Interview with Adrian Eppel

Interview by Jill Sioson

Writer, Director, Editor, and Cinematographer. Founder of AGrade Media.


Adrian Eppel is a self-motivated, opportunistic, story-teller; who is never not creating. His perseverance and optimistic outlook towards his craft and the industry leaves one inspired to pursue their own passions and to be reminded that “everything will work out in the end”. 


Tell me about yourself and what are you doing at the moment?

So I’m kind of a mix bag; I’m a writer, director, cinematographer, and colourist… but you know what they say, ‘a jack of all trades is a master of none’, so as of now I’m aiming to just focus on selling myself as an diretcor and colourist, and trying to hone those skills. Shooting will always be a skill I can rely on for work but I’d like to focus more on those two areas (director and colourist). I work freelance at the moment through the company I founded ‘AGrade Media’, which offers production and post-production services, in particular directing/producing, cinematography, colour and video editing


What’s a film/TV series you’ve come to enjoy recently and why?

A recent TV series I watched called ‘Barry’ it has the perfect blend of action, dark humour, comedy, and super messed up/intense scenes, all wrapped up in 30-minute episodes. It is superb storytelling!


What made you decide to pursue film?

I remember growing up watching Spielberg and Scorsese films and just being amazed at their ability to be able to transform me into a different world of heroes and villains and stunning locations. Their art of storytelling is truly spectacular.. But it was in year 9 when I was playing around with my dad’s Sony camcorder and started filming our travels and making them into mini videos. I made my first short that year and it involved Colombian drug lords (my mum haha) cops and lots of fake blood.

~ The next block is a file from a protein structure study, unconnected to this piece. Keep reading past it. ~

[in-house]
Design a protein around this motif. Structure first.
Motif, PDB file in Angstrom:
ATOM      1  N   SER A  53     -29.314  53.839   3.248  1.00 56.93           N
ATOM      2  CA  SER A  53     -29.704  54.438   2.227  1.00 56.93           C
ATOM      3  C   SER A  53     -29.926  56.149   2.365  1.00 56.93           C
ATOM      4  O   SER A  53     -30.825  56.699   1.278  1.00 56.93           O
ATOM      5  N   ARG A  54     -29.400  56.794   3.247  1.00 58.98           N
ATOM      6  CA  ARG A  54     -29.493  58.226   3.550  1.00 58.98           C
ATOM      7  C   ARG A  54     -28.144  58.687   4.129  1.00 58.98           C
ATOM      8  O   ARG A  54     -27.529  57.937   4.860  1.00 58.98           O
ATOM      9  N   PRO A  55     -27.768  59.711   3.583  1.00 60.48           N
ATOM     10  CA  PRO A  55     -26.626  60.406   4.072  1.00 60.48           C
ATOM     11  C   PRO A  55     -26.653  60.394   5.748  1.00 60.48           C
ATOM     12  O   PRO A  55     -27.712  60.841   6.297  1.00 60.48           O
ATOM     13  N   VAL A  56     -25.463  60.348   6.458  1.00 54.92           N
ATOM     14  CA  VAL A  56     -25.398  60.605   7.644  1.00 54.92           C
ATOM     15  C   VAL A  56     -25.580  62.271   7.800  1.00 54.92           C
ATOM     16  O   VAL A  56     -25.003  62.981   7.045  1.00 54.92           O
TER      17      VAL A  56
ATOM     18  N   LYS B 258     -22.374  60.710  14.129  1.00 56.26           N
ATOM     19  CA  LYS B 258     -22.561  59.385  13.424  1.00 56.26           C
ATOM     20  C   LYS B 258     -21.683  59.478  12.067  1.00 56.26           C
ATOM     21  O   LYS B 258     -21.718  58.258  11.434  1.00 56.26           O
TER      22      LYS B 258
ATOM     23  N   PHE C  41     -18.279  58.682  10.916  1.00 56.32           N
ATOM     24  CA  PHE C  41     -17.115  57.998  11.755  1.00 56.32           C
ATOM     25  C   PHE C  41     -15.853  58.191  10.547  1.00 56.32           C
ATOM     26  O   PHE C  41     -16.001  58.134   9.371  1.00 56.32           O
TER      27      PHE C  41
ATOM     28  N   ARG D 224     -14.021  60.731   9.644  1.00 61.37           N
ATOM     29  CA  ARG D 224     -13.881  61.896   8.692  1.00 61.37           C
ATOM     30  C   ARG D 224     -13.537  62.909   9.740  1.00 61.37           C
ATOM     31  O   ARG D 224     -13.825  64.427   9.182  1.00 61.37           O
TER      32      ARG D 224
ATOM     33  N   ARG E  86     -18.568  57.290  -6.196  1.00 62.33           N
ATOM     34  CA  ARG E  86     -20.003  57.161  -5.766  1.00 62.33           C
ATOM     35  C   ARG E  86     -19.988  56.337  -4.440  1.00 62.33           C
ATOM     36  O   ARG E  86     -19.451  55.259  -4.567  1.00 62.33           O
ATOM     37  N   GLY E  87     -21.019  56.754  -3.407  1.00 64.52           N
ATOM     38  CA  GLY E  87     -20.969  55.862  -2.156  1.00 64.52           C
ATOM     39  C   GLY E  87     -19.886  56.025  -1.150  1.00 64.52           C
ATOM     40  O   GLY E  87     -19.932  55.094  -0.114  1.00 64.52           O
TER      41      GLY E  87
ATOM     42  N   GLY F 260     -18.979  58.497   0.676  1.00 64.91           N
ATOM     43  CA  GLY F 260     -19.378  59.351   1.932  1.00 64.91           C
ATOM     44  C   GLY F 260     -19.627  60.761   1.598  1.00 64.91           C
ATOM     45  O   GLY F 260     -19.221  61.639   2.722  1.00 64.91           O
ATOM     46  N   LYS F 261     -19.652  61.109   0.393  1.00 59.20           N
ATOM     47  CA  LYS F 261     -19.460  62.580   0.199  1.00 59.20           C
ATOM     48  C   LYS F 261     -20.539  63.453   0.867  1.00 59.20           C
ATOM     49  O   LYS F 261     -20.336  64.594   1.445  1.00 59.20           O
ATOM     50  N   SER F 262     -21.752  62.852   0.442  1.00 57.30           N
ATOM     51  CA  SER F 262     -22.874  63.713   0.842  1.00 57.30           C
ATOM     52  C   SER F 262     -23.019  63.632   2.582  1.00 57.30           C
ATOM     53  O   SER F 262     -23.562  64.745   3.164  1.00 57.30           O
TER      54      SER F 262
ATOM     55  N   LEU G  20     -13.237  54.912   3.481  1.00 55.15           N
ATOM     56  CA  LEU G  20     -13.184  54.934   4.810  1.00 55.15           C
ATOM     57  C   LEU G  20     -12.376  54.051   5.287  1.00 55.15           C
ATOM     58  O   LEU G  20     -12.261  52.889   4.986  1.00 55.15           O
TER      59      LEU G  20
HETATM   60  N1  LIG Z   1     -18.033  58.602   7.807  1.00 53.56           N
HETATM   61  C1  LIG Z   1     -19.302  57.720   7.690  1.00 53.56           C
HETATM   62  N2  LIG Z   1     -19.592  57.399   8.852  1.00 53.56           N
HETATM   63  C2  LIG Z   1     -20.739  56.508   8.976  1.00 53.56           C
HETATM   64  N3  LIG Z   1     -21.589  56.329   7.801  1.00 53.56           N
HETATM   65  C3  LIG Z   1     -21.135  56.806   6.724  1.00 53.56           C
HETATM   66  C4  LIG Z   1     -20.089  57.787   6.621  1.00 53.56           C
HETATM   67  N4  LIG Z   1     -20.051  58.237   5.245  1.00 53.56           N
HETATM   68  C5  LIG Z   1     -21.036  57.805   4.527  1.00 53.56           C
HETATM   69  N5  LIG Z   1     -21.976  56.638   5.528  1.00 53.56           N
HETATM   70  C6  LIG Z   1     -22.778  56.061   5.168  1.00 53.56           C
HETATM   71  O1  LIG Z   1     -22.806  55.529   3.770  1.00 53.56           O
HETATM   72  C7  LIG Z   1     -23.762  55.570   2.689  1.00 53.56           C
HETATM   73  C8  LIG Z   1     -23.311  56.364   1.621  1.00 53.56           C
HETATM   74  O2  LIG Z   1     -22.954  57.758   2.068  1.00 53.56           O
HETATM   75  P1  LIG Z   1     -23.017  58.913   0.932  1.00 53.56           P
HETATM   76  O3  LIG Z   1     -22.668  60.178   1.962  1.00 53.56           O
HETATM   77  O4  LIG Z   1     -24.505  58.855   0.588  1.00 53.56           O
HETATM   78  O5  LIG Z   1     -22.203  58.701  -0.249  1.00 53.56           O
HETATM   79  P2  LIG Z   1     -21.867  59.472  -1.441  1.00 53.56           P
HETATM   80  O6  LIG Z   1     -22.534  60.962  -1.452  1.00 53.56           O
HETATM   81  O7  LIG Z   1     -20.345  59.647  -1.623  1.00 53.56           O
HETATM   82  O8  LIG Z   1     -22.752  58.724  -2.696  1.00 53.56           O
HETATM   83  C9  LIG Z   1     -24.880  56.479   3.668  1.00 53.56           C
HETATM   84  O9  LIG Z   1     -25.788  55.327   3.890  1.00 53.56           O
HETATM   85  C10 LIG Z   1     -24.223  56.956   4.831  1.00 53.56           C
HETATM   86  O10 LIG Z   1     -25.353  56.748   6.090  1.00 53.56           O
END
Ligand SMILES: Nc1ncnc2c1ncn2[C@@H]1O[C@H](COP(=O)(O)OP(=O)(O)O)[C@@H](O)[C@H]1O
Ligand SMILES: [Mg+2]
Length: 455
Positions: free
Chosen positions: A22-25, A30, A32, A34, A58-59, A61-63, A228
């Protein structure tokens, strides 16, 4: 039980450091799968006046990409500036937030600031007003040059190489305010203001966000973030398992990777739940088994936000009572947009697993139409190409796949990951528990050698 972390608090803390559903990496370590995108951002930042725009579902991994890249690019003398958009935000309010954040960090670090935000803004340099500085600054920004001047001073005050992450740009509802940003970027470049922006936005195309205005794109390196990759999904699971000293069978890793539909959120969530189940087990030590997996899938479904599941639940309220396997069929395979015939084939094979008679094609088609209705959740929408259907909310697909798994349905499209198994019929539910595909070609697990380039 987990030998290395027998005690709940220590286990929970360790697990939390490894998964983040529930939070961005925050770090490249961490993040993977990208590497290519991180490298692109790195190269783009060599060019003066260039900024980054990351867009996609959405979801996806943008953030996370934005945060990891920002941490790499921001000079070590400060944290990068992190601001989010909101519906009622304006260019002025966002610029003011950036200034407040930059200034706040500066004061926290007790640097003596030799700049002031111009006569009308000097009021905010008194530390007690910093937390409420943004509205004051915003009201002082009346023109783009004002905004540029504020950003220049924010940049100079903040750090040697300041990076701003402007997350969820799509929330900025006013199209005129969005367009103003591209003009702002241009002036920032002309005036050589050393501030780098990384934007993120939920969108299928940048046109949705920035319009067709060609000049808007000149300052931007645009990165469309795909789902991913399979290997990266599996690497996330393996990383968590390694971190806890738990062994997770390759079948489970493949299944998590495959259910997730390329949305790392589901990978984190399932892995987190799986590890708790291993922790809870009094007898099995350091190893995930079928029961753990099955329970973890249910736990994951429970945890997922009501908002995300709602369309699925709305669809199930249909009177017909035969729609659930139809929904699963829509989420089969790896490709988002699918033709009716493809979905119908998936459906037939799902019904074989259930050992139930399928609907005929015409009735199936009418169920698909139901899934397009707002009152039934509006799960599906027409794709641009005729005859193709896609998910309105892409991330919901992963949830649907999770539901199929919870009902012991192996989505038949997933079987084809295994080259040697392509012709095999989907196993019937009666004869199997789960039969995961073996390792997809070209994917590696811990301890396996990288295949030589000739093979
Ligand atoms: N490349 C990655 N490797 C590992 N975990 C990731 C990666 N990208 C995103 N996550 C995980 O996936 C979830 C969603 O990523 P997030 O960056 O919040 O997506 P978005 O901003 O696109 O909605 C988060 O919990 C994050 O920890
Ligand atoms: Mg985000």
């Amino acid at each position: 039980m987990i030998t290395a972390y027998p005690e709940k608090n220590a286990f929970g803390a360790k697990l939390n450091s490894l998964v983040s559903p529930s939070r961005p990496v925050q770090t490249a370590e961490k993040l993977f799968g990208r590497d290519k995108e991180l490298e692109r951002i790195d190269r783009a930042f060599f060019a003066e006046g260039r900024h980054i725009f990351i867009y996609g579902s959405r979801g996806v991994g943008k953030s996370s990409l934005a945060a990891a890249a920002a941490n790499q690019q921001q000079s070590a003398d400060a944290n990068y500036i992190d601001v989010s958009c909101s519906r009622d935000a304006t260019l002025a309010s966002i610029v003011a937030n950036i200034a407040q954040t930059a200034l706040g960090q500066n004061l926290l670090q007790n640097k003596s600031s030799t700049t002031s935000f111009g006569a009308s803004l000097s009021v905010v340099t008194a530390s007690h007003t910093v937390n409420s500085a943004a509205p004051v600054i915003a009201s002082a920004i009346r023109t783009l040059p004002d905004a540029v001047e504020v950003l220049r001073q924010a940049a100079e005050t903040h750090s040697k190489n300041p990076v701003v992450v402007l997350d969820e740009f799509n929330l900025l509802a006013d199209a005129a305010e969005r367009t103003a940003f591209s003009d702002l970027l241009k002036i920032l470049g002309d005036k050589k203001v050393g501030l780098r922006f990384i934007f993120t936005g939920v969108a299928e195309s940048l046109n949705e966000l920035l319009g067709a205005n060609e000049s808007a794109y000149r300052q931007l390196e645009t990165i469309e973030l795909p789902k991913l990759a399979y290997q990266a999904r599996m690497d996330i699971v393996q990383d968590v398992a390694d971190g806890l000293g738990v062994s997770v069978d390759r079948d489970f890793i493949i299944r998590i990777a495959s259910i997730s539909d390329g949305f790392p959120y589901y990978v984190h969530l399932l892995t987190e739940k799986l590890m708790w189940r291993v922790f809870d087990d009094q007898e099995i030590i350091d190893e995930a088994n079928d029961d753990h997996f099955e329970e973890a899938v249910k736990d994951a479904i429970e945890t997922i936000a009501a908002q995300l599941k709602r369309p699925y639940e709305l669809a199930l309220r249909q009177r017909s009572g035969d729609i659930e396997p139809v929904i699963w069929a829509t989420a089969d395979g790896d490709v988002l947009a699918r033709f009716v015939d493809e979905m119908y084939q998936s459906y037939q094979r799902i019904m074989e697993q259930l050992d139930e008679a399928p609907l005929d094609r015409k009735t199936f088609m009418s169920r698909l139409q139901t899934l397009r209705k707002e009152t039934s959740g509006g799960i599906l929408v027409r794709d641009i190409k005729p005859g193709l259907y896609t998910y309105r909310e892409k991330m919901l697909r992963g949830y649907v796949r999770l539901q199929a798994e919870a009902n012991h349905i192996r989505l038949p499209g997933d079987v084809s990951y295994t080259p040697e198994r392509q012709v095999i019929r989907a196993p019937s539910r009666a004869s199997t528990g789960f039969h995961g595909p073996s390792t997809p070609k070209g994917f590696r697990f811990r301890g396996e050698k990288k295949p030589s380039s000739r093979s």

Was there someone in particular who inspired you?

There wasn’t really one person who inspired me to do film. I always had support and encouragement  from friends and family which I am so so grateful for, and I think I just enjoyed creating stories and the process itself. 


What was film school like for you?

I attended a film school in Holmesglen, which is kind of a smaller school. It’s not like VCA or anything but it was a good school. It built good foundations and exposed me to the industry. We got to borrow equipment and make something new almost every week. Although, I don’t think I needed to do it for three years, I really could’ve stopped at two, but I wouldn’t change it. 


Lately there’s been an influx of content creators due to platforms like YouTube and the access to affordable filming technologies- ie. shooting on the iPhone. Do you think it’s still necessary to go to film school to get into the industry?

Absolutely! I understand why people don’t think you need film school. There’s people from our small cohort that didn’t pursue a career in this industry, and I also know people who didn’t go to film school that are going great in the industry now. But you need to learn your theory… And yes, you can definitely learn how to edit or colour, or shoot nice compositions on YouTube- I still use it for work! Making aesthetic videos is one thing- and that’s fine if you want to do that- but creating a story that evokes emotion out of your audience is another, making something that will stand the test of time. 

That is not to say you need a teacher to learn the tools of the trade, real on-set experience is best for this. But ask any 20-year-old on set who Elia Kazan is and I bet you most wouldn’t have a clue. I mean, you have to study to become a doctor, so I don’t see why it’s any different for film.